Our Services
    ... Acne Age Spot Removal Facials/HydraFacial Laser Hair Removal Moles (Nevi) Psoriasis Rashes Rosacea Pediatric Dermatology Skin Cancers Warts BLU-U MOHS   Acne Acne is the most frequent skin condition seen by medical professionals...

    What is Psoriasis?
    What is Psoriasis...

    Pediatric Dermatology
    ... Take a look at some of the specific skin conditions pediatric dermatologists help treat below: contact dermatitis eczema psoriasis acne vitiligo hives warts hemangiomas birthmarks congenital skin conditions   Once your child has received an initial evaluation with one of the pediatric dermatologists at Integrated Dermatology of West Palm Beach, he or she will be prescribed a treatment plan that's specific to his or her dermatology needs...

    psoriasis
    PSORIASIS Psoriasis is a chronic skin rash that is characterized by red scaly lesions...

    skin cancers
    ...  The rate of transformation of actinic keratoses to full blown SCC is generally low, roughly 1 in 4,000 per year, but many factors can influence this rate: i) immune status is critically important with those having compromised immune systems such as transplant recipients having a 50X higher rate of AKs turning into SCCs (as well as a 100-200X higher rate of dying from SCC), other conditions that can affect immune status include having lymphoma/leukemia, being on chemotherapy or other immunosuppressive drugs, and AIDS, ii) continued sun exposure results in both increased risk for UV-induced mutations taking the AK the next step toward becoming an SCC but UV light also suppresses the immune system in the skin (this is why we use UV light to treat skin conditions such as psoriasis that are immune-mediated), and iii) some individuals probably already have some built-in mutations in them that facilitate the transformation of AKs to SCC, it is not uncommon to have some individuals with as many as 50 SCCs in a lifetime while others have had many AKs but no SCCs...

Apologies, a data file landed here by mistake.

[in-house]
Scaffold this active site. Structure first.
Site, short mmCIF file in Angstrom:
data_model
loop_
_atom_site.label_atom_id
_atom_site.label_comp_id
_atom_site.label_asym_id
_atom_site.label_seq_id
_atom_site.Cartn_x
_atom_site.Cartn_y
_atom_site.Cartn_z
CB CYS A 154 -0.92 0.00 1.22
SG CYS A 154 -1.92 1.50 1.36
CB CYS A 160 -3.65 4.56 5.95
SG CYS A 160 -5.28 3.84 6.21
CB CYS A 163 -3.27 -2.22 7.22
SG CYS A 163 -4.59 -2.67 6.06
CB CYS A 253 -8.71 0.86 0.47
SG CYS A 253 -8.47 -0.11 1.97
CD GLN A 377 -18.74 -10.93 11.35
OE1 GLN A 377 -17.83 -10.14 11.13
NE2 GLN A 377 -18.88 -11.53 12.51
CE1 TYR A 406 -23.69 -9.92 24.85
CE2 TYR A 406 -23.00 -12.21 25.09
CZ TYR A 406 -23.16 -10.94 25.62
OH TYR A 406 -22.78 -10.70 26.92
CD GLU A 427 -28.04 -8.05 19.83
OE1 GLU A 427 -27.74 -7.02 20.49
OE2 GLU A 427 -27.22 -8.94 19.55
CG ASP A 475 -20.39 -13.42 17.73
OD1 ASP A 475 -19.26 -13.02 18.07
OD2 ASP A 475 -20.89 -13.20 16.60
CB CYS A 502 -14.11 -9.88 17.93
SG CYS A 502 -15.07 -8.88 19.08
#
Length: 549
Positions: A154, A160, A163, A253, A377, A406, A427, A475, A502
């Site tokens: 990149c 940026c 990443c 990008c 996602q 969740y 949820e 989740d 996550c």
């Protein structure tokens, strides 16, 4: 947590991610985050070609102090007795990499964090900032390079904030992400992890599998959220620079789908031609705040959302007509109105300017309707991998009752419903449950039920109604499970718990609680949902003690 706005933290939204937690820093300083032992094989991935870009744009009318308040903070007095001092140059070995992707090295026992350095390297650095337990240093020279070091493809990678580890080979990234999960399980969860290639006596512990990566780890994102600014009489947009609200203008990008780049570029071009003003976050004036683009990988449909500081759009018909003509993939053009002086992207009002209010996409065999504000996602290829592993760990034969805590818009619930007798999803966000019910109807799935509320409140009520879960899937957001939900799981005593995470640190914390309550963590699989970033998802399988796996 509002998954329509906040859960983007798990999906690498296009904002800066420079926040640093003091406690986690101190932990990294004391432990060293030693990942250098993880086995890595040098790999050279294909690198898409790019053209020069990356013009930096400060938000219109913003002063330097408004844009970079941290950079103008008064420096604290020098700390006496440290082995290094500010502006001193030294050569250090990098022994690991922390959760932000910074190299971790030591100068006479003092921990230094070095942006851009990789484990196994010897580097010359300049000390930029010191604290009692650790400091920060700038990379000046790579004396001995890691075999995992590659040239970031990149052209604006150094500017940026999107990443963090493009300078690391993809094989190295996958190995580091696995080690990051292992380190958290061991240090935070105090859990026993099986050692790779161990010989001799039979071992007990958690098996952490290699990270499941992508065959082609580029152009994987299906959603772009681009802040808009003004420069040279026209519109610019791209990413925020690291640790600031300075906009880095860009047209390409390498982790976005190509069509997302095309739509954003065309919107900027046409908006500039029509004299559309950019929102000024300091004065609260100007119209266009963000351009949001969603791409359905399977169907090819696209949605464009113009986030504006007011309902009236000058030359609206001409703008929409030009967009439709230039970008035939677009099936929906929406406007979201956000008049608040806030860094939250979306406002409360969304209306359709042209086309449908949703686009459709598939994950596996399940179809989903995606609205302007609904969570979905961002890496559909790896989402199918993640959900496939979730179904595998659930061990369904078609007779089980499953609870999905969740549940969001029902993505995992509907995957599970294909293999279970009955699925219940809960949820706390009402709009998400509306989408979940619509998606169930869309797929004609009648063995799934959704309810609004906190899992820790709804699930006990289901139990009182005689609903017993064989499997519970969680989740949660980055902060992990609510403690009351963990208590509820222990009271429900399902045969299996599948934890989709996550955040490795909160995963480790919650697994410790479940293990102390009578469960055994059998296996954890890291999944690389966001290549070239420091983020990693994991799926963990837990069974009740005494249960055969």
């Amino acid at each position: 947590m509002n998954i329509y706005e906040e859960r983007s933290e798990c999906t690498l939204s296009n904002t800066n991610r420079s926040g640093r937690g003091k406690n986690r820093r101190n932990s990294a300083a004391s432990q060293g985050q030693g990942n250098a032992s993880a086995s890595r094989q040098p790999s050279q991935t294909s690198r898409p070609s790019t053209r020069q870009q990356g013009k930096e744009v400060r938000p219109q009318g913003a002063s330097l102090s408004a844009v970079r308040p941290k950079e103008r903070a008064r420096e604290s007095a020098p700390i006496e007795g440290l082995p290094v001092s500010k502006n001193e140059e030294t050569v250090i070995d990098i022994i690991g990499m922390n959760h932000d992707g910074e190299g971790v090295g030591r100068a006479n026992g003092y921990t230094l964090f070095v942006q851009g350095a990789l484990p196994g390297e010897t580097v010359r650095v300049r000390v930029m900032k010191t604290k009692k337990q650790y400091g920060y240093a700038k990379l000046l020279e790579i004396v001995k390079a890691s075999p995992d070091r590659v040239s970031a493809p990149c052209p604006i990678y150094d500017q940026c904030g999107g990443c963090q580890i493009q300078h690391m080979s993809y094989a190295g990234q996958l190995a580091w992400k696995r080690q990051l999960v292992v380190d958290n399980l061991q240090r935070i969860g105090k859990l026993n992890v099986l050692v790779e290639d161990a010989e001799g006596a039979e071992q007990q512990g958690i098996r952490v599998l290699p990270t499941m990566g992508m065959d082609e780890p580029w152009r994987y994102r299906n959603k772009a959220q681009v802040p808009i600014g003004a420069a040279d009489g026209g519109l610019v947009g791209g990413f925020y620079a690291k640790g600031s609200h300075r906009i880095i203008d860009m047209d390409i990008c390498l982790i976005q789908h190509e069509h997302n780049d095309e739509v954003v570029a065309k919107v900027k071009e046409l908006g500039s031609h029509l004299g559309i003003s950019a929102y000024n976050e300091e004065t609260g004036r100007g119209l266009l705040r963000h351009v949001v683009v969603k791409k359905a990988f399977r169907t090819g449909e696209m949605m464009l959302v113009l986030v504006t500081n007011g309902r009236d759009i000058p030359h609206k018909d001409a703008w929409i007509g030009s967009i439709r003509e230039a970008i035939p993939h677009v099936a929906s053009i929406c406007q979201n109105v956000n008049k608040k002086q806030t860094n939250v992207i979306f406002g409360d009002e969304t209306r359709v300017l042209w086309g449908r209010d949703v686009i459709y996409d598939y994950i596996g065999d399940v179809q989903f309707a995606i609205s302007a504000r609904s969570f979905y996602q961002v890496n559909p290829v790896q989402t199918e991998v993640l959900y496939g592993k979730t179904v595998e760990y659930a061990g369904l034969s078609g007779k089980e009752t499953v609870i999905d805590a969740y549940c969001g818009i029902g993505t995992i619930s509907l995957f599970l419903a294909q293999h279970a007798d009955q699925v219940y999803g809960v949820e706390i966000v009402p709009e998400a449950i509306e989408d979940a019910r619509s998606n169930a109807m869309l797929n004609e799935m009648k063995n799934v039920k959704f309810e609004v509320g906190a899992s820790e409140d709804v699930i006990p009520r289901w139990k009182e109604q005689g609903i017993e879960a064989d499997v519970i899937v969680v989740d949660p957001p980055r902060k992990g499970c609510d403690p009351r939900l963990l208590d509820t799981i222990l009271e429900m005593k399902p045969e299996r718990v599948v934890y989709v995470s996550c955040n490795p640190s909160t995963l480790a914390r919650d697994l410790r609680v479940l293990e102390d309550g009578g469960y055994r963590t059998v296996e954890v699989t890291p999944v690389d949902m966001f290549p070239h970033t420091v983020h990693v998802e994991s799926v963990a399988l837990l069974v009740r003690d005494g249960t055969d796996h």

skincancer
    ...  The rate of transformation of actinic keratoses to full blown SCC is generally low, roughly 1 in 4,000 per year, but many factors can influence this rate: i) immune status is critically important with those having compromised immune systems such as transplant recipients having a 50X higher rate of AKs turning into SCCs (as well as a 100-200X higher rate of dying from SCC), other conditions that can affect immune status include having lymphoma/leukemia, being on chemotherapy or other immunosuppressive drugs, and AIDS, ii) continued sun exposure results in both increased risk for UV-induced mutations taking the AK the next step toward becoming an SCC but UV light also suppresses the immune system in the skin (this is why we use UV light to treat skin conditions such as psoriasis that are immune-mediated), and iii) some individuals probably already have some built-in mutations in them that facilitate the transformation of AKs to SCC, it is not uncommon to have some individuals with as many as 50 SCCs in a lifetime while others have had many AKs but no SCCs...

    What is a Dermatologist?
    ...They treat everything from minor skin rashes, like hives, to chronic skin diseases, such as eczema or psoriasis...